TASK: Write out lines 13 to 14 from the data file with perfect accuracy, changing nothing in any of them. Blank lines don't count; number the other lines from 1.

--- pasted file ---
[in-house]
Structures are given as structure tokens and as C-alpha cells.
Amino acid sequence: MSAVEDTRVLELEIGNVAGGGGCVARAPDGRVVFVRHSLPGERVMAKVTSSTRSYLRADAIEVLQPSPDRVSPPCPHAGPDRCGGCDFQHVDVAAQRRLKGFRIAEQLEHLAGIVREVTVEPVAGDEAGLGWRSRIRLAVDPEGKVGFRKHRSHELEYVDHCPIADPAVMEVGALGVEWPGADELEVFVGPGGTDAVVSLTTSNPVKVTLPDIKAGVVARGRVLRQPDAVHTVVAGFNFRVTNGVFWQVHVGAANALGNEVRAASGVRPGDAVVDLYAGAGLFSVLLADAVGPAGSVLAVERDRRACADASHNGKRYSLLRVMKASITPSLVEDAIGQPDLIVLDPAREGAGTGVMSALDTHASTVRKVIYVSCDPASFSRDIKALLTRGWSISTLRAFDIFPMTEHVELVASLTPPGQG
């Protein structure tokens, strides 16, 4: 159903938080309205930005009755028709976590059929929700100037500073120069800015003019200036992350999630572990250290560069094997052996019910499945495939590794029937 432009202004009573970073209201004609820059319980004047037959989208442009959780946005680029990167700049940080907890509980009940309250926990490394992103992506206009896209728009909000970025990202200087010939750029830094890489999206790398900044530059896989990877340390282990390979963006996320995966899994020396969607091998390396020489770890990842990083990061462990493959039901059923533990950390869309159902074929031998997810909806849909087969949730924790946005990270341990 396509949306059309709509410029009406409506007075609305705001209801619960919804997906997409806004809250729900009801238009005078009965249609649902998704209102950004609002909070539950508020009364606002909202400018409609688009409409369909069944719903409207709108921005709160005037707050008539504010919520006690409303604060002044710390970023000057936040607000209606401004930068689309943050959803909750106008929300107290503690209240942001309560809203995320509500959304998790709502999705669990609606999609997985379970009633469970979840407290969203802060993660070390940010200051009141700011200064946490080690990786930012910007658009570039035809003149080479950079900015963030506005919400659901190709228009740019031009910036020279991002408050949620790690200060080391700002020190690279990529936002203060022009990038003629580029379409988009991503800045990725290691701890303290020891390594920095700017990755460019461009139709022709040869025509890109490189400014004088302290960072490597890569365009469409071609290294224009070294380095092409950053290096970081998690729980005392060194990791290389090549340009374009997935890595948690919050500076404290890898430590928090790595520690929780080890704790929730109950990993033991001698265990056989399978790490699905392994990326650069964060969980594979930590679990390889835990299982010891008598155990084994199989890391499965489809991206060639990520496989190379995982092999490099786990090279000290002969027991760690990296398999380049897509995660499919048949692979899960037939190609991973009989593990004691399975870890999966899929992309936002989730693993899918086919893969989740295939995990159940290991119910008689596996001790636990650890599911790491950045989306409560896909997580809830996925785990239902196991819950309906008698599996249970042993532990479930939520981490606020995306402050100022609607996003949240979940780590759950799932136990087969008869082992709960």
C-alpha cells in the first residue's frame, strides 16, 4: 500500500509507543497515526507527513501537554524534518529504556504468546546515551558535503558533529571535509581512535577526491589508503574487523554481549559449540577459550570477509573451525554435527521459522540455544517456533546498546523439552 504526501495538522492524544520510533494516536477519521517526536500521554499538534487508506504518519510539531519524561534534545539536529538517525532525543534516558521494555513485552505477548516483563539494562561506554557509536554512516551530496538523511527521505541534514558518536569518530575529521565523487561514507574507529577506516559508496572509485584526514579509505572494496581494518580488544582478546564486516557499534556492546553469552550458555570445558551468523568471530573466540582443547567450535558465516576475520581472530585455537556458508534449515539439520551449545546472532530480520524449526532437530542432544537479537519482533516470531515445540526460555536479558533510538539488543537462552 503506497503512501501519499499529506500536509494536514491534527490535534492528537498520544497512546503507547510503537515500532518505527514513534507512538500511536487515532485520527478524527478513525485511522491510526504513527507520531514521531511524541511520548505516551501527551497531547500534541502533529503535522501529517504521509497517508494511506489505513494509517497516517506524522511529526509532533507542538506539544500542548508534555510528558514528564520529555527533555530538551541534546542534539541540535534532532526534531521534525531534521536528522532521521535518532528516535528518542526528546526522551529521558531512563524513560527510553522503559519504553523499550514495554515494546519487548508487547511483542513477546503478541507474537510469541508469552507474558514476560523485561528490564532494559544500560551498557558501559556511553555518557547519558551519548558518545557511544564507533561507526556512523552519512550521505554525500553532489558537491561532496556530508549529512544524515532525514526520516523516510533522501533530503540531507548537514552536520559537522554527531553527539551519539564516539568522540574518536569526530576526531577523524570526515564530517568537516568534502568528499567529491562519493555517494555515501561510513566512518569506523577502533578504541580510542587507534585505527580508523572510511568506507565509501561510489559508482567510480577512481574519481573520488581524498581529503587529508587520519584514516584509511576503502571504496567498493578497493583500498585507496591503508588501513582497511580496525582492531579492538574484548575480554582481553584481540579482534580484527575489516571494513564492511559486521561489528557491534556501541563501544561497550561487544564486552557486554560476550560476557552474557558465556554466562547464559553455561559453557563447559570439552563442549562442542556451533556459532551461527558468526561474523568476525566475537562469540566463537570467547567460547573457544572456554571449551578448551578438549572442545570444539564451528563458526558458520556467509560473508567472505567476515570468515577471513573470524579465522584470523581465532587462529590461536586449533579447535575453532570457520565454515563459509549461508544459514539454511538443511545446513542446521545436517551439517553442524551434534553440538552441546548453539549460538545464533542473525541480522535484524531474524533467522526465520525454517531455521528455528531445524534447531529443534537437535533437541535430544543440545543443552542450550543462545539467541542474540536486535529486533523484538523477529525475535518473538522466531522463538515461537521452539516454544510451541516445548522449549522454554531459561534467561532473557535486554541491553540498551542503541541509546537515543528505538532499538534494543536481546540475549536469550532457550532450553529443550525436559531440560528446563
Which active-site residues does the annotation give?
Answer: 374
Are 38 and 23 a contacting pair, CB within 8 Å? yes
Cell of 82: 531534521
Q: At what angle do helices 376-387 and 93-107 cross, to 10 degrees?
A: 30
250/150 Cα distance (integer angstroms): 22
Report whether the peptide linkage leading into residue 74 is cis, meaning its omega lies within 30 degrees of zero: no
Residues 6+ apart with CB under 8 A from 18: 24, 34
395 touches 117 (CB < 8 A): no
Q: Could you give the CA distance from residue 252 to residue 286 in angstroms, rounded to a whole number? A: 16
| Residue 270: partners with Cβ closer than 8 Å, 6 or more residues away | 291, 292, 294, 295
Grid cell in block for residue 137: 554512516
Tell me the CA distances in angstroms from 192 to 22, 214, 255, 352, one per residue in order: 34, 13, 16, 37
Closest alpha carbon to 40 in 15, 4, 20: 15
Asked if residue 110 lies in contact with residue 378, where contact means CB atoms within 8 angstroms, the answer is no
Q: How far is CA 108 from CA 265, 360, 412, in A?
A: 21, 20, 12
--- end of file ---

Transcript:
Report whether the peptide linkage leading into residue 74 is cis, meaning its omega lies within 30 degrees of zero: no
Residues 6+ apart with CB under 8 A from 18: 24, 34